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JODI WINDHORST

Memorial created 06-7-2007 by
CRYSTAL FUNDERBURK
CURTIS and JOSEPHINE WINDHORST
May 30 1949 - June 2 2007

DADDY

This online memorial was created in loving memory of CURTIS WINDHORST and  JOSEPHINE WINDHORST, whose life story is told throughout this memorial website. Please sign CURTIS's AND JODIS guest book and let us know you came to visit. We will remember CURTIS AND JODI forever. HE WAS SUCH A GREAT LOVING MAN. WE WILL ALL MISS HIM. AND SHE WAS A STRONG LOVED WOMAN.

 

THERE IS NOT A DAY THAT HAS NOT GONE BY THAT I DONT THINK OF MY FATHER AND MOM. PEOPLE TAKE LIFE FOR GRANTED. I LEARNED THE HARD WAY. I LOST MY FATHER. AND I DIDNT LET HIM KNOW THAT I LOVE HIM. SO IF YOU TAKE PEOPLE FOR GRANTED. LOOK AT HIS SITE AND TELL PEOPLE YOU LOVE THEM............

 

"♥BE THANKFUL FOR WHAT YOU HAVE TODAY BECAUSE IT COULD BE GONE TOMORROW♥

 
 
 

 [External link to untrusted site removed]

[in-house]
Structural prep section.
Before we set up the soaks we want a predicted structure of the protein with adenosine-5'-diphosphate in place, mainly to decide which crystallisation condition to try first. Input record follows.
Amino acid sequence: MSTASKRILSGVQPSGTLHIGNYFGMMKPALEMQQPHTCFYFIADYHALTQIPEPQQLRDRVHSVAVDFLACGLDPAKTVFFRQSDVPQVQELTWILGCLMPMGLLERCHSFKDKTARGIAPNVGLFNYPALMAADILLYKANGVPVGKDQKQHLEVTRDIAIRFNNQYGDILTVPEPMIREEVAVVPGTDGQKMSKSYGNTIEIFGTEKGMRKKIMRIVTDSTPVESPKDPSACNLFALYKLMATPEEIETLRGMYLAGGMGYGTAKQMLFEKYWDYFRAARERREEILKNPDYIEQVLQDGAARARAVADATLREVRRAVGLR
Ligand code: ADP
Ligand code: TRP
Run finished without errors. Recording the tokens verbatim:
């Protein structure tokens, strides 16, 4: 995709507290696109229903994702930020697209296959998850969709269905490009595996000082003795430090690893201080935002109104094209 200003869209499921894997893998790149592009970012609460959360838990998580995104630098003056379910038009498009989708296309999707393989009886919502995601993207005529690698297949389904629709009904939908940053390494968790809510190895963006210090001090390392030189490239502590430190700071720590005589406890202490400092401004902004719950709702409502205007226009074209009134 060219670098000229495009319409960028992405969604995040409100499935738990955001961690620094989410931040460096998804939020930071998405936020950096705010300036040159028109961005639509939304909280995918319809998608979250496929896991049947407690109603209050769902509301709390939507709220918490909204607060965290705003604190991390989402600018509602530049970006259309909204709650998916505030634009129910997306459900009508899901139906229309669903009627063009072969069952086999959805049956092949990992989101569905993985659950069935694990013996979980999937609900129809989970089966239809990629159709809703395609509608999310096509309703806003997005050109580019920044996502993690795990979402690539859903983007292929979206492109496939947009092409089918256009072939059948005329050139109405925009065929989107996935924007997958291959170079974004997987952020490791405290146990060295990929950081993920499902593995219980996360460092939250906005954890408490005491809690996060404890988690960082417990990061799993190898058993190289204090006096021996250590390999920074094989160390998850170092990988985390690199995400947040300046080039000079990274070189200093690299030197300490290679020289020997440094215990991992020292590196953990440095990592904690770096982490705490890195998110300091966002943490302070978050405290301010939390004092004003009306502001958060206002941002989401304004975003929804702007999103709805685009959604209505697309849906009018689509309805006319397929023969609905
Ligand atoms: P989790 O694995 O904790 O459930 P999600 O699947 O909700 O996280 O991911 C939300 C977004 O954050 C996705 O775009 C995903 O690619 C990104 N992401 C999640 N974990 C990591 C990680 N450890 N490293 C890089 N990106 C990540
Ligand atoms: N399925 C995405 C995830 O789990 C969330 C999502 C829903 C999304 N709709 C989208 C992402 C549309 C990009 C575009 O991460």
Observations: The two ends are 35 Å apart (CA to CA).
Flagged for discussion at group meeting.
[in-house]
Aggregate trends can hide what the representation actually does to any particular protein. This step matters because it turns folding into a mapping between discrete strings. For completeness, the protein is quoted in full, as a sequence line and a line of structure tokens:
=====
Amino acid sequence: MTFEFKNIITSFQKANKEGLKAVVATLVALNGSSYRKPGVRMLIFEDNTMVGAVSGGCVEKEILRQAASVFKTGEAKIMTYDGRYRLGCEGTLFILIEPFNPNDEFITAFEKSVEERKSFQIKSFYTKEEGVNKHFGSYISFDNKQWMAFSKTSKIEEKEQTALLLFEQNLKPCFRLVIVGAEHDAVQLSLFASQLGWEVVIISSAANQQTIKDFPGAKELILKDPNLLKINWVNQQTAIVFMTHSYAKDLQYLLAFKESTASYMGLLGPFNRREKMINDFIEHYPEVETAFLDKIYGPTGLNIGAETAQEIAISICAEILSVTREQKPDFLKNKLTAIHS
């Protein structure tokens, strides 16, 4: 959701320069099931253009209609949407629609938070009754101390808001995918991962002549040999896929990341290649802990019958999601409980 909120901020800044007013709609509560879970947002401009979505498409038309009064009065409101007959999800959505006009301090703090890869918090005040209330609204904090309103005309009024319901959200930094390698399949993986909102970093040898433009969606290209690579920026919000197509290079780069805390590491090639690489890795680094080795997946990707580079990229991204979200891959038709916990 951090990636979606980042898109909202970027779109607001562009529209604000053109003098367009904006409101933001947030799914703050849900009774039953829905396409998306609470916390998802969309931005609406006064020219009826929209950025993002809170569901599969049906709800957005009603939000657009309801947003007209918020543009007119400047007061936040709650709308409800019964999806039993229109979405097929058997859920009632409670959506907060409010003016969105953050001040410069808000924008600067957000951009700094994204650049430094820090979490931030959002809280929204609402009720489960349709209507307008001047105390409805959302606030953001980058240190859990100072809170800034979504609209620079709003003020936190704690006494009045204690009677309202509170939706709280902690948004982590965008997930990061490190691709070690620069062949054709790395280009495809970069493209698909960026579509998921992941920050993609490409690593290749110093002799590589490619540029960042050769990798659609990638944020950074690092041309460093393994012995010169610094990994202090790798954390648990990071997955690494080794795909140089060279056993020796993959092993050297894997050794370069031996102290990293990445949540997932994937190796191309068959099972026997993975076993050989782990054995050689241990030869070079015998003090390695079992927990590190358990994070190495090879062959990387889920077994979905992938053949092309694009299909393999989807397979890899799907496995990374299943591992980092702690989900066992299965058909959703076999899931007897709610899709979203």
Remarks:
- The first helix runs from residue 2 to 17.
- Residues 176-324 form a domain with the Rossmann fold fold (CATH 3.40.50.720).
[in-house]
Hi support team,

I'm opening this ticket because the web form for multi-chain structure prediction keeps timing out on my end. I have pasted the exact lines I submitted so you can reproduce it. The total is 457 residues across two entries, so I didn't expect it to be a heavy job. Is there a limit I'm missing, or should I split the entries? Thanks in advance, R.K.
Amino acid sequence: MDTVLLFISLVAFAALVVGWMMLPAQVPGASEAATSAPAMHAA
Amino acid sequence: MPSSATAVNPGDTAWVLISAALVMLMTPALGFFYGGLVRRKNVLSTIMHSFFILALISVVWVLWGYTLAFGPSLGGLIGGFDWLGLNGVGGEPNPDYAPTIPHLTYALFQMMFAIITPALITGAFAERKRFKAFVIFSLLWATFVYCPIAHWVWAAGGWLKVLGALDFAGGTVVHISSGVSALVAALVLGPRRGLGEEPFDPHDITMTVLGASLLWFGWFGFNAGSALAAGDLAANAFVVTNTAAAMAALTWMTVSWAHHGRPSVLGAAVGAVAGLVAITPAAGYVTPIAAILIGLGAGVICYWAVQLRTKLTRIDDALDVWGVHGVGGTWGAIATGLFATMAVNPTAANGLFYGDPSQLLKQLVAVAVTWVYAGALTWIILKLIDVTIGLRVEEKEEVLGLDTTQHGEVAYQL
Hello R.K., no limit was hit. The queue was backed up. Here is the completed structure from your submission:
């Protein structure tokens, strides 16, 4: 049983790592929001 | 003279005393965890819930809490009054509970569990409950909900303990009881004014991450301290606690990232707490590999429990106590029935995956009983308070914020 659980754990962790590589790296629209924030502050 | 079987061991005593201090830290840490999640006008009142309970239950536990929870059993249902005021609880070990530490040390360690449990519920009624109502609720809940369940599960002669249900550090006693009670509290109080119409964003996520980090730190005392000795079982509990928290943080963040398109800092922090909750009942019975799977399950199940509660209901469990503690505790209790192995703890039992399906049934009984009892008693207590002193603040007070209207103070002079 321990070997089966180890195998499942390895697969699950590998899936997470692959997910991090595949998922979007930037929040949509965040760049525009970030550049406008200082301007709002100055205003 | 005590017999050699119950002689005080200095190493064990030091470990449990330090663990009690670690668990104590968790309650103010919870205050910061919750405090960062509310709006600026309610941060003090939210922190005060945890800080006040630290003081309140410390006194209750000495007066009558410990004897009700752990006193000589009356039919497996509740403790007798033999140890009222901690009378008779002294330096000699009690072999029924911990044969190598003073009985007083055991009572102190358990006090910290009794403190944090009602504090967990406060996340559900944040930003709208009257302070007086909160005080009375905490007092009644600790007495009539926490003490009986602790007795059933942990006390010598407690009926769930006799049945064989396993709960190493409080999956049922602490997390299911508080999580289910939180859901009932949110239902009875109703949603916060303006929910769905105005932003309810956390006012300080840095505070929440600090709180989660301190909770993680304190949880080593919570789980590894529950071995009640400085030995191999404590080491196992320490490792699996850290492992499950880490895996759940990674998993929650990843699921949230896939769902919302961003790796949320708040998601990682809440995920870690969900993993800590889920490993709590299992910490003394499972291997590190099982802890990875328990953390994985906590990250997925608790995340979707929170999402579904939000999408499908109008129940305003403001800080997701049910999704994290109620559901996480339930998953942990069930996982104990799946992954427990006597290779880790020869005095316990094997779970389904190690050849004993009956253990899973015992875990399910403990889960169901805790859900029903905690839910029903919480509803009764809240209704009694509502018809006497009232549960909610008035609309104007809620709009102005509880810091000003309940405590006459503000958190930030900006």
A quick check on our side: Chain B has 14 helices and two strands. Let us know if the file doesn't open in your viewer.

Josephine Ann "Jodi" Windhorst Obituary

1952 - 2015
In Loving Memory and Life Celebration
Josephine Ann Windhorst
August 4th, 1952 - April 23, 2015
"I suspect that angels walk among us
and the only things missing are their wings."

Josephine (Jodi) Ann Windhorst was born August 4th, 1952
to Mr. James Edward Odum and Mrs. Roxena Josephine
Mayes-Odum, in Big Four, West Virginia. She was the young-
est of thirteen children and a true coal miner's daughter.

During her humble beginnings in the Appalachians, Jodi's
mother cultivated the virtues of honor, self-respect, and
above all else, a love for God within her daughter.
Jodi attended Welch High School where she enjoyed her
classes and served as a Rainbow Girl. After graduation, Jodi's
mother sent her to live with family in Colorado Springs, CO.
with hopes that better opportunities were waiting. There she
attended Pikes Peak Community College and quickly made it
onto the Dean's list.

While in college she met the love of her life. Jodi knew from
the moment she saw Curtis Martin "Mouse" Windhorst that
she was going to marry him. She walked right up to him and
introduced herself as the woman he was going to marry. A
year later they were betrothed.

Jodi left college to start a family, but promised her mother